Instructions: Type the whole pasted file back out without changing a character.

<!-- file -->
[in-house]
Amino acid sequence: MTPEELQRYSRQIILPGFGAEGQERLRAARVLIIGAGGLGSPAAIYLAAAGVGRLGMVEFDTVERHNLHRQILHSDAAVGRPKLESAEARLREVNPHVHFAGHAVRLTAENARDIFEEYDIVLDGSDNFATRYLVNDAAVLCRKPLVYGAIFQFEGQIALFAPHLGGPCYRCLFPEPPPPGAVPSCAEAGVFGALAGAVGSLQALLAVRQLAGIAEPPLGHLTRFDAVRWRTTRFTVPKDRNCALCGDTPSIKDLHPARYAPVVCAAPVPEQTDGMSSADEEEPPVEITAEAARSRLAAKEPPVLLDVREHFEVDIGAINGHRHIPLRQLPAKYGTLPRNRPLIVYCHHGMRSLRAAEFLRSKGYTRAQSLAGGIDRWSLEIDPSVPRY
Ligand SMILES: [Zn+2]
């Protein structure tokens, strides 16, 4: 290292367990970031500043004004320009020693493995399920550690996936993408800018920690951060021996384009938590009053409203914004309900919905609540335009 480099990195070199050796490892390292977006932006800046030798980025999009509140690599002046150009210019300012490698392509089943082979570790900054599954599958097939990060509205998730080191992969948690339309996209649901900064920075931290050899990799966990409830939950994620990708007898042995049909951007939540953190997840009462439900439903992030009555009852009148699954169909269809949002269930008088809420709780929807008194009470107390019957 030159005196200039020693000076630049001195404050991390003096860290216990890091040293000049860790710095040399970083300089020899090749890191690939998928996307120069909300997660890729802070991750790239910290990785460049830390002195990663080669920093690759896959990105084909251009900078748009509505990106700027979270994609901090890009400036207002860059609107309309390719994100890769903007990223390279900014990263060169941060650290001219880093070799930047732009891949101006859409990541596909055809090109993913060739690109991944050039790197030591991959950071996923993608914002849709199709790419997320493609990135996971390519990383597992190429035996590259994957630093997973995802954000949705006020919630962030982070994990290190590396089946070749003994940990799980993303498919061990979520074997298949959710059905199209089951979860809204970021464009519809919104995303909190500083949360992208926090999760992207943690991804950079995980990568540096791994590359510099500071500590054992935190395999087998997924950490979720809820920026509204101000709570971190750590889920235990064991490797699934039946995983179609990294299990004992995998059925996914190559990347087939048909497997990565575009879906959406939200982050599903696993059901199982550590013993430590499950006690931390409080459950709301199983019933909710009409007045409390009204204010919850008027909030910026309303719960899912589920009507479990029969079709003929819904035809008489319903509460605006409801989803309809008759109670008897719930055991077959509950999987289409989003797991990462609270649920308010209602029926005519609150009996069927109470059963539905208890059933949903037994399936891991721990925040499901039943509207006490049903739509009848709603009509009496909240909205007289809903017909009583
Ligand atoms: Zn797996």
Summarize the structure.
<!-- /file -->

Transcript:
[in-house]
Amino acid sequence: MTPEELQRYSRQIILPGFGAEGQERLRAARVLIIGAGGLGSPAAIYLAAAGVGRLGMVEFDTVERHNLHRQILHSDAAVGRPKLESAEARLREVNPHVHFAGHAVRLTAENARDIFEEYDIVLDGSDNFATRYLVNDAAVLCRKPLVYGAIFQFEGQIALFAPHLGGPCYRCLFPEPPPPGAVPSCAEAGVFGALAGAVGSLQALLAVRQLAGIAEPPLGHLTRFDAVRWRTTRFTVPKDRNCALCGDTPSIKDLHPARYAPVVCAAPVPEQTDGMSSADEEEPPVEITAEAARSRLAAKEPPVLLDVREHFEVDIGAINGHRHIPLRQLPAKYGTLPRNRPLIVYCHHGMRSLRAAEFLRSKGYTRAQSLAGGIDRWSLEIDPSVPRY
Ligand SMILES: [Zn+2]
């Protein structure tokens, strides 16, 4: 290292367990970031500043004004320009020693493995399920550690996936993408800018920690951060021996384009938590009053409203914004309900919905609540335009 480099990195070199050796490892390292977006932006800046030798980025999009509140690599002046150009210019300012490698392509089943082979570790900054599954599958097939990060509205998730080191992969948690339309996209649901900064920075931290050899990799966990409830939950994620990708007898042995049909951007939540953190997840009462439900439903992030009555009852009148699954169909269809949002269930008088809420709780929807008194009470107390019957 030159005196200039020693000076630049001195404050991390003096860290216990890091040293000049860790710095040399970083300089020899090749890191690939998928996307120069909300997660890729802070991750790239910290990785460049830390002195990663080669920093690759896959990105084909251009900078748009509505990106700027979270994609901090890009400036207002860059609107309309390719994100890769903007990223390279900014990263060169941060650290001219880093070799930047732009891949101006859409990541596909055809090109993913060739690109991944050039790197030591991959950071996923993608914002849709199709790419997320493609990135996971390519990383597992190429035996590259994957630093997973995802954000949705006020919630962030982070994990290190590396089946070749003994940990799980993303498919061990979520074997298949959710059905199209089951979860809204970021464009519809919104995303909190500083949360992208926090999760992207943690991804950079995980990568540096791994590359510099500071500590054992935190395999087998997924950490979720809820920026509204101000709570971190750590889920235990064991490797699934039946995983179609990294299990004992995998059925996914190559990347087939048909497997990565575009879906959406939200982050599903696993059901199982550590013993430590499950006690931390409080459950709301199983019933909710009409007045409390009204204010919850008027909030910026309303719960899912589920009507479990029969079709003929819904035809008489319903509460605006409801989803309809008759109670008897719930055991077959509950999987289409989003797991990462609270649920308010209602029926005519609150009996069927109470059963539905208890059933949903037994399936891991721990925040499901039943509207006490049903739509009848709603009509009496909240909205007289809903017909009583
Ligand atoms: Zn797996």
Summarize the structure.